Placing it side by side with a Molno/Vince Alascia panel from the May, 1962 issue (#16) of Space War, we can see that it's the same composition, modified! (DC, left, Charlton, right.)
How about that? I knew I'd seen that monster (and those tiny people) before! (I borrowed the Charlton panel from Comic Book Plus after searching in vain for my copy).
Other DC/Charlton matches are just as revealing. Take the first panel on page 2 of "Asteroid":
Then, let's place it side by side with the next to last panel from the Charlton Unusual Tales #40 story, "Door to Door," which I judge to be Molno on both pencils and inks:
How could the Charlton panel not have been the template for the one in this story?
Here we see two highly similar rockets going in different directions, both panels featuring the usual Molno spacescape--cluttered and delightfully weird. That's "Asteroid" on the left (slightly truncated), and Charlton's "Space Dreadnought" on the right (Space War #9, Feb., 1961, Molno/Alascia):
Reverse the latter, and it could have been slipped into the DC story--with the fins modified and color changed, anyway.
Then there's Gol, the "cowardly Martian" of the "Booby-Trapped Asteroid." Here are three side-by-side comparisons of Gol's head to some Molno Charlton alien heads from roughly the same period (DC left, Charlton right):
Any resemblance to Jean-Luc Picard is purely coincidental.
And the hero of "The Booby-Trapped Asteroid," Dirk Duane (what a heroic-sounding name) is your typical square-jawed Molno/Trapani hero. The first two images below are from the DC story, and the third is from Space War #10 (April, 1961)--"The Mindlings," with art by "Moltra" (Molno and Trapani):
Pretty much the same guy. And compare this"Asteroid" panel--in which the green-caped Martian, Gol, stands with his back to the viewer...
... to these three Charlton Molno compositions featuring (you guessed it) aliens with capes facing away from the viewer:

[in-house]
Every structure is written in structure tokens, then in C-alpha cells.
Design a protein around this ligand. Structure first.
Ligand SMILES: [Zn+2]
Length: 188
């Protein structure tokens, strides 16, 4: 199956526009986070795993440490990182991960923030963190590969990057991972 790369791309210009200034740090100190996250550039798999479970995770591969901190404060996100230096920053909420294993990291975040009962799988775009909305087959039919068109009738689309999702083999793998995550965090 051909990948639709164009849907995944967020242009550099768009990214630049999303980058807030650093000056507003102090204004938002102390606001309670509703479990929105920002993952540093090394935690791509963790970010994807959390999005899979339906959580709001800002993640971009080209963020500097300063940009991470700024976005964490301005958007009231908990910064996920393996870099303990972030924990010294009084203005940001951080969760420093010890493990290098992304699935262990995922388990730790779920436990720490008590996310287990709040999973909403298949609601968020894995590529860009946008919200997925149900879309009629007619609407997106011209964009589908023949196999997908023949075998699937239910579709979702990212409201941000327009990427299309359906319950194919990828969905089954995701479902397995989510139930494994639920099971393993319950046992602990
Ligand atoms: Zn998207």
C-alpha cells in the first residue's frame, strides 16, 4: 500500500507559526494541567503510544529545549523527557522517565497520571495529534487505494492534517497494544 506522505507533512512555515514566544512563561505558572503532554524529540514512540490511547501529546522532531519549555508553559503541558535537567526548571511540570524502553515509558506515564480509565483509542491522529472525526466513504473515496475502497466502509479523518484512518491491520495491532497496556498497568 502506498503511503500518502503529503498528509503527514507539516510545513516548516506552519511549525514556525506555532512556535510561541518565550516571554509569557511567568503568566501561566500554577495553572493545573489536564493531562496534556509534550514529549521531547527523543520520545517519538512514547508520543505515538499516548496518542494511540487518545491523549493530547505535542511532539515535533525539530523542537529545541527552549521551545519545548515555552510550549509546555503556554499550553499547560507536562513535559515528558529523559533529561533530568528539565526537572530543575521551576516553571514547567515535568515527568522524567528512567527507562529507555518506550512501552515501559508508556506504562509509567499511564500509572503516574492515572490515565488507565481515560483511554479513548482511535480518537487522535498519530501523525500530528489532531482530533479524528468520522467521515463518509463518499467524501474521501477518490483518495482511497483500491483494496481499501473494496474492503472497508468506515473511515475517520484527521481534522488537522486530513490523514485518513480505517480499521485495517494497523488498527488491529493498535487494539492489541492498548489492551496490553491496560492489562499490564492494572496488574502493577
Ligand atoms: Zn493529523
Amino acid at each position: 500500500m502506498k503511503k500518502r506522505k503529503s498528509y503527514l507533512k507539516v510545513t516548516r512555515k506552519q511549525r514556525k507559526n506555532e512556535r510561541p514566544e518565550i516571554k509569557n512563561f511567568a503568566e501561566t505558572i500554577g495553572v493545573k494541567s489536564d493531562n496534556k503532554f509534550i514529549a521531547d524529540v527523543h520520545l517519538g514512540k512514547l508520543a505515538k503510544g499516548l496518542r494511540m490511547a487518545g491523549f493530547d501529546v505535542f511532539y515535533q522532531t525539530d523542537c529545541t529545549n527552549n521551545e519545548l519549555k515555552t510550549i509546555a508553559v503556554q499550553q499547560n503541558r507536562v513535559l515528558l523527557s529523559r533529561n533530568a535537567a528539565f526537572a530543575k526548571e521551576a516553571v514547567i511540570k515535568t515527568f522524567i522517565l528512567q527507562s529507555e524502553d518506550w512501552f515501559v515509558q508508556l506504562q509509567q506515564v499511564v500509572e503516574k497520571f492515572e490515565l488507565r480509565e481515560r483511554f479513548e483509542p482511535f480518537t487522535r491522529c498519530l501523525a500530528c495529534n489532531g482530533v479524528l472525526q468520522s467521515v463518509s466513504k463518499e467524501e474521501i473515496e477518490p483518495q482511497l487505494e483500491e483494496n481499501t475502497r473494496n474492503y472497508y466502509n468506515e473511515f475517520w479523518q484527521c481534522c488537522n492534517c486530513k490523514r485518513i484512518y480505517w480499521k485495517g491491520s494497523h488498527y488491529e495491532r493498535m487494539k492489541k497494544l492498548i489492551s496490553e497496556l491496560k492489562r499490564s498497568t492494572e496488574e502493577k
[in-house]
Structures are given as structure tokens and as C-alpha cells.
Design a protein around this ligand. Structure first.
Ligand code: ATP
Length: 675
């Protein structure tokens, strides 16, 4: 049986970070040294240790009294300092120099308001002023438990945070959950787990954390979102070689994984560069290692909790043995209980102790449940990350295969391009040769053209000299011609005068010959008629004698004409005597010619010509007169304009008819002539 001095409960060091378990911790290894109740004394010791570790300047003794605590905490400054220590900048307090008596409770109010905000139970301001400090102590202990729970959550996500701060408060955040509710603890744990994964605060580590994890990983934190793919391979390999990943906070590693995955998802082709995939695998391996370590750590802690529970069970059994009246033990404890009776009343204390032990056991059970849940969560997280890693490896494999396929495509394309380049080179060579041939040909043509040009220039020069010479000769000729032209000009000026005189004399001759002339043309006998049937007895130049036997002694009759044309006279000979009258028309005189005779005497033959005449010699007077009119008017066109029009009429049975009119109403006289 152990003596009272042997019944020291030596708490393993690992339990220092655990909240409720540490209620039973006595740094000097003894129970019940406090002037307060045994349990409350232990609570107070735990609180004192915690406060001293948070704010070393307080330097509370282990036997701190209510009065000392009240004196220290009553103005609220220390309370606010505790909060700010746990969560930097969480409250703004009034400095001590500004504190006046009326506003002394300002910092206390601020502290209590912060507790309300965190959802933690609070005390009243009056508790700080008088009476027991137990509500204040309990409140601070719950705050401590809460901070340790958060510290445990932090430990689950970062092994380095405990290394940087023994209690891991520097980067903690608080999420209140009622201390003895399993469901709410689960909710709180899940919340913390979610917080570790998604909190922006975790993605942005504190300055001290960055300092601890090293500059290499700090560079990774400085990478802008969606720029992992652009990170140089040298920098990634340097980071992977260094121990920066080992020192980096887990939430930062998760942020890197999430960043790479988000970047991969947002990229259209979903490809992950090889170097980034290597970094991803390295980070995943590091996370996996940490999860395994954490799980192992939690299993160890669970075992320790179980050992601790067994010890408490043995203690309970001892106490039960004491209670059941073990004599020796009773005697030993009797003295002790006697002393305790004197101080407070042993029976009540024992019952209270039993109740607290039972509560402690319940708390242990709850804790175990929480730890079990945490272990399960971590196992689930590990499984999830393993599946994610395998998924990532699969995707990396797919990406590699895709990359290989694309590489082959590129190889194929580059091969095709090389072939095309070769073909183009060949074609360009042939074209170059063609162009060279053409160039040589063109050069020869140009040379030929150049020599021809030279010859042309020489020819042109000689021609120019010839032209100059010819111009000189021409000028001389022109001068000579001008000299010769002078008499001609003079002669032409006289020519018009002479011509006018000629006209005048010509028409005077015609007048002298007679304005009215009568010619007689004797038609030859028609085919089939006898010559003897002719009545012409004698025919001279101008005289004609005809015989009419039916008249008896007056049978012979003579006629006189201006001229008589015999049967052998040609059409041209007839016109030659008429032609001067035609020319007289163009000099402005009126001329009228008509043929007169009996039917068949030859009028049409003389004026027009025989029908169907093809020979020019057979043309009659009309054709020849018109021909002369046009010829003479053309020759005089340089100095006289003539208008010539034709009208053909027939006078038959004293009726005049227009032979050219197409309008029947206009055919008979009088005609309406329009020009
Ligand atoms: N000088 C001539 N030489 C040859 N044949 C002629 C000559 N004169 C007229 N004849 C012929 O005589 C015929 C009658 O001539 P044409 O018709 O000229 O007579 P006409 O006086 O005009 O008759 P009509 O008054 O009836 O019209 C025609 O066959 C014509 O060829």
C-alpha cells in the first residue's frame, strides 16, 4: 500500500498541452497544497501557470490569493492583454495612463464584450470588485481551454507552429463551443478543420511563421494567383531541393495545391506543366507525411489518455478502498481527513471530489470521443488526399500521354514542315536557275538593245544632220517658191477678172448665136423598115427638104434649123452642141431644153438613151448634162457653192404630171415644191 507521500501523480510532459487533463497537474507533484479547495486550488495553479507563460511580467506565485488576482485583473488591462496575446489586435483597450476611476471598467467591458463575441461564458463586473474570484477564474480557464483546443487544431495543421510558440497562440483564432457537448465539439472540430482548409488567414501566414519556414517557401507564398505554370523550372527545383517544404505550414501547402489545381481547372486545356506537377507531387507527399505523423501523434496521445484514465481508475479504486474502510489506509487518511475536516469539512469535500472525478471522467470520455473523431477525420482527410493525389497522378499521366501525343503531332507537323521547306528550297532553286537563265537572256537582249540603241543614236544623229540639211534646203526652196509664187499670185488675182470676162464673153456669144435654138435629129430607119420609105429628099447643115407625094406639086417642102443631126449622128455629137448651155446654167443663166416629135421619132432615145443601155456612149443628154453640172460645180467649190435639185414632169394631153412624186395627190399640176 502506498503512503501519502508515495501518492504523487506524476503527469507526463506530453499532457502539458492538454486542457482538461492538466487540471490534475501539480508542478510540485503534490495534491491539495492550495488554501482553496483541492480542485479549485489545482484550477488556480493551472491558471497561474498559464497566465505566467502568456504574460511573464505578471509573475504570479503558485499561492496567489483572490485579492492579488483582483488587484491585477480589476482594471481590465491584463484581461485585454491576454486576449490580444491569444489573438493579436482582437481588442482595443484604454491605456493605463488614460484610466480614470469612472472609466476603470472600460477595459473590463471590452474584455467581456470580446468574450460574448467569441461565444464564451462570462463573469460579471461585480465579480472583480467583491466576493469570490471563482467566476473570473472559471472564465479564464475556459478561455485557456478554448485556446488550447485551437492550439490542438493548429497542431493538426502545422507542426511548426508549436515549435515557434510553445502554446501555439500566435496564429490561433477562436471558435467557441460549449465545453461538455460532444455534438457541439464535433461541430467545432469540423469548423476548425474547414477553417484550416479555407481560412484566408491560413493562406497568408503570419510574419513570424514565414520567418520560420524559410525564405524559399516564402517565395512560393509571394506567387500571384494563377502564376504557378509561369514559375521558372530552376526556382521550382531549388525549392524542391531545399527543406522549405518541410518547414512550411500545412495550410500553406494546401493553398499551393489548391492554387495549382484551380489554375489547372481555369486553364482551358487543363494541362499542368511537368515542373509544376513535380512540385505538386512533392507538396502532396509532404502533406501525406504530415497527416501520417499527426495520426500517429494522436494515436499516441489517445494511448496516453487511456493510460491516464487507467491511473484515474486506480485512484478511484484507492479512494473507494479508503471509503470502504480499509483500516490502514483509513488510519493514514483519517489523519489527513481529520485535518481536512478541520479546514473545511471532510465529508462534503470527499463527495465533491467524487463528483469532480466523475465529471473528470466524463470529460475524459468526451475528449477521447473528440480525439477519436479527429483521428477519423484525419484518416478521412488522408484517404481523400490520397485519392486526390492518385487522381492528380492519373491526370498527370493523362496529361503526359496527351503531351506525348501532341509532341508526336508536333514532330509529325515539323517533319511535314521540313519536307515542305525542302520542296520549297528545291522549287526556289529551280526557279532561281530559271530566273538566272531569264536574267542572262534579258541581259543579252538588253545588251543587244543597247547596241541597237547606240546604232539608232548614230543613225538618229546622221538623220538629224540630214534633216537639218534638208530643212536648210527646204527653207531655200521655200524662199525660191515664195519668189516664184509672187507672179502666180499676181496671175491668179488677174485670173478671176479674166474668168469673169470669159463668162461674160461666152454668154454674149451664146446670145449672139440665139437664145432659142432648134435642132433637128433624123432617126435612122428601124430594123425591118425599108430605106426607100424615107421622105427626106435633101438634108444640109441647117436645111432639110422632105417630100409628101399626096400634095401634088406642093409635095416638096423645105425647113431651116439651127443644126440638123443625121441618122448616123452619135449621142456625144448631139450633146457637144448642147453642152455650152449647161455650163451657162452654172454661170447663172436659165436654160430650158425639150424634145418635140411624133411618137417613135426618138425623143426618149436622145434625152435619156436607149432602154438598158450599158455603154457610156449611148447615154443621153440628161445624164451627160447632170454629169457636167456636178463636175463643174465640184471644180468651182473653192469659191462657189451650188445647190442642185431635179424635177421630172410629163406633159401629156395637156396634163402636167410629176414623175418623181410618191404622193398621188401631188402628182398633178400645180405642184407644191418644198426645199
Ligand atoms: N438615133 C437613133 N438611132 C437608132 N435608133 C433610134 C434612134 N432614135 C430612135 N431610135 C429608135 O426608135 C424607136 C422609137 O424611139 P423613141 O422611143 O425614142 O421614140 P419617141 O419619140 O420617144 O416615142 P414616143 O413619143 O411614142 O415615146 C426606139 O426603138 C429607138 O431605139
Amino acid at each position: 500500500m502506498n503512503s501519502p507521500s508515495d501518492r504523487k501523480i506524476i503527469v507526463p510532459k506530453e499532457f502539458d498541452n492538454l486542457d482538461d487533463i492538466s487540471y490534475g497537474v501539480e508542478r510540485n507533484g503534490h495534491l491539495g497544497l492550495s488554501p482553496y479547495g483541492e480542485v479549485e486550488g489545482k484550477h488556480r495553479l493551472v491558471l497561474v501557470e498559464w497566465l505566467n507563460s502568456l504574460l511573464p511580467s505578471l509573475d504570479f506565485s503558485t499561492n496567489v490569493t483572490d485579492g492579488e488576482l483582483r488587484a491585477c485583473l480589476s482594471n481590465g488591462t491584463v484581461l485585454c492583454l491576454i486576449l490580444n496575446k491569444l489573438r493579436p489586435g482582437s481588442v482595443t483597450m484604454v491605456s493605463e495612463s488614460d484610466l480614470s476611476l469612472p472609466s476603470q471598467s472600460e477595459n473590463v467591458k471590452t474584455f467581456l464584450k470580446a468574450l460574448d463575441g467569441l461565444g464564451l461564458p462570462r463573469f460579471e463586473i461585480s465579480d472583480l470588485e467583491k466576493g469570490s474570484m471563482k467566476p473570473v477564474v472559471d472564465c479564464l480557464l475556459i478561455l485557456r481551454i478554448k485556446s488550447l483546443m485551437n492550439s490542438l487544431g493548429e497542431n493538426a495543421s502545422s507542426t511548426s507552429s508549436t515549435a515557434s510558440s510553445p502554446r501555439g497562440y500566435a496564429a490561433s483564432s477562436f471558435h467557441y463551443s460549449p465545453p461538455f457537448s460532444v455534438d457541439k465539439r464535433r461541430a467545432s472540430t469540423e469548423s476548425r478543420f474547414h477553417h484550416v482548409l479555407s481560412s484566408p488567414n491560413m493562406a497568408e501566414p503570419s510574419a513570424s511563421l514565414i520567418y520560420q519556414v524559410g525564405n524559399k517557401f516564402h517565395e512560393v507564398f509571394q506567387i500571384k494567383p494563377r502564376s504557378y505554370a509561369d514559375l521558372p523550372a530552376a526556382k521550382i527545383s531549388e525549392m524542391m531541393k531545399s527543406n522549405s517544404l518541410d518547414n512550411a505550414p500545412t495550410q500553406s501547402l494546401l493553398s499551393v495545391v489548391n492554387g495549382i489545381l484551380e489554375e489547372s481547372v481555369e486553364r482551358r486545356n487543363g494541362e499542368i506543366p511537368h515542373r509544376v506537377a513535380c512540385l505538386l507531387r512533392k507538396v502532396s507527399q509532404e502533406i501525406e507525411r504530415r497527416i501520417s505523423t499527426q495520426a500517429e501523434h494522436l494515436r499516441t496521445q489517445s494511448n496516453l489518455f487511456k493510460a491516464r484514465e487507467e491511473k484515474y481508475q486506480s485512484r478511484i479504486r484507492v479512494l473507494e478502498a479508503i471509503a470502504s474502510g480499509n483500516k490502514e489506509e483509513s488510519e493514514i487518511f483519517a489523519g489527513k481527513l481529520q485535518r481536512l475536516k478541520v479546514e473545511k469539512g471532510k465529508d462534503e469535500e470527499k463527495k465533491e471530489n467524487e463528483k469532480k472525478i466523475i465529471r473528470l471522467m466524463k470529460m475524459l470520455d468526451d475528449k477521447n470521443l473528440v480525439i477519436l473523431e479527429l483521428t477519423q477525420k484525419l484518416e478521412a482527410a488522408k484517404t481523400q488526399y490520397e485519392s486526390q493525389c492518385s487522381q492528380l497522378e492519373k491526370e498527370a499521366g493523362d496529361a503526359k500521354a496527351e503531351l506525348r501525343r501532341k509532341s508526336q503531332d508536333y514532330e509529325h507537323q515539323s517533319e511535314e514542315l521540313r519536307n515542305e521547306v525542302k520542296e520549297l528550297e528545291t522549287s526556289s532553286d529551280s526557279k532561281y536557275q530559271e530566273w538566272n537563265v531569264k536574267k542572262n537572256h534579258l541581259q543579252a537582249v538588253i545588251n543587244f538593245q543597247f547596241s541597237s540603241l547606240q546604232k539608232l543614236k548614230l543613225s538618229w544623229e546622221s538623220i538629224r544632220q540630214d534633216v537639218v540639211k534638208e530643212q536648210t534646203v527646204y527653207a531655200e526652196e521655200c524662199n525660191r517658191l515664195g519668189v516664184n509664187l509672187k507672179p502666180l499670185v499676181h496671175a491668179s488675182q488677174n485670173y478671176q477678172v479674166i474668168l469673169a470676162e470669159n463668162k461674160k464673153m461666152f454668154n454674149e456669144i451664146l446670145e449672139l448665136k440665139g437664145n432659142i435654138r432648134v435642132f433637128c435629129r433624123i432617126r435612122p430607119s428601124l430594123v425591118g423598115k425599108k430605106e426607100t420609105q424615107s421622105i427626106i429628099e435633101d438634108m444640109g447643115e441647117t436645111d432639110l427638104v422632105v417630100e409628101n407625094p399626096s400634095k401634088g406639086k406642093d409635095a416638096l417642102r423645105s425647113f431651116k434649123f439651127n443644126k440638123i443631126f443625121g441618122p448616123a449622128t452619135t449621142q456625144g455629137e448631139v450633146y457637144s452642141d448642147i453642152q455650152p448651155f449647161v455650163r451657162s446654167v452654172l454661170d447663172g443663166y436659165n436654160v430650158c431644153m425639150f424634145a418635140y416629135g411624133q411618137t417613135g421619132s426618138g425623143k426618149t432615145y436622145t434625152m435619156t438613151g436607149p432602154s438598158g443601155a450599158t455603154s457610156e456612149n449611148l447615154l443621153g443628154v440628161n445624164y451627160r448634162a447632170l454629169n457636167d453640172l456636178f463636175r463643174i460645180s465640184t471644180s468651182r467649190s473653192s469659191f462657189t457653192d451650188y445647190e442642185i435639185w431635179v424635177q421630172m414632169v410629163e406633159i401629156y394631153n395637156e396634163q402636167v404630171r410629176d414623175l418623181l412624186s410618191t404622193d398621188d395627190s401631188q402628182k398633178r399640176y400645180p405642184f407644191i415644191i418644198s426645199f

So I'm 100 percent sure Bill Molno did the penciling on this DC story--if nothing else, the repurposed monster and space rocket panels clinch it for me.
But we still have the Gold Key feature "Hand to Hand" (Ripley's Believe It or Not! #5, June, 1967) to study. Like "The Booby-Trapped Asteroid," this is credited wholly to Trapani at GCD. But it contains a number of Molno-esque panels, including this one from the first page--so small, you could miss it on your way to page two. But sometimes big clues come in small panels:
This turns out to be a drawing that shows up constantly in Molno's Charlton war art. See the six Molno Charlton scans below!
Even the exhaust from the stacks looks the same (say that ten times). It was genuinely addictive, finding all these versions of the same starboard bow drawing. Who knows how many more are out there? But, as much as I love Molno, I can live without knowing....
Or can I?
And we have another stock Molno visual in the Ripley's story--the front view of the American ship:
Here's a closer view of the vessel:
Now check out these Charlton Molno images from Fightin' Navy #82, March 1958 and Submarine Attack #18, Sep. 1959, both of which have the same general shape and feel. I'll stop at two comparisons this time:
Meanwhile, we have an explosion on page two of the Gold Key story that is highly Molno:
Let's compare it to these Charlton Molno explosions of generally the same design--and, like the Gold Key panel, labeled "WHAM!" Or, as in the third panel, "WHAAM," minus the exclamation point:
...and place his face next to that of a Molno U-Boat captain from Fightin' Navy #82, March 1958 ("Deadly Rendezvous," Molno/Trapani):
Only the headgear has been changed to protect the identity. And we end where the story starts, with the "Hand to Hand" splash panel...
...which turns out to be another common Molno image. Compare it to the "Mission to Rabaul" splash page from Submarine Attack #18 (Sep. 1959). It's the same general layout, albeit more detailed:
And so I'm convinced that "Hand to Hand" is Bill Molno on pencils, and, of course, Sal Trapani on inks. I think the starboard bow drawings, in particular, make the case for Molno.
Thanks to Sal, Bill sure got around, even if he had to go without a byline. Heck, even at Charlton, his work mostly went unsigned. And that's where obsessive fans like us come in.
More to come!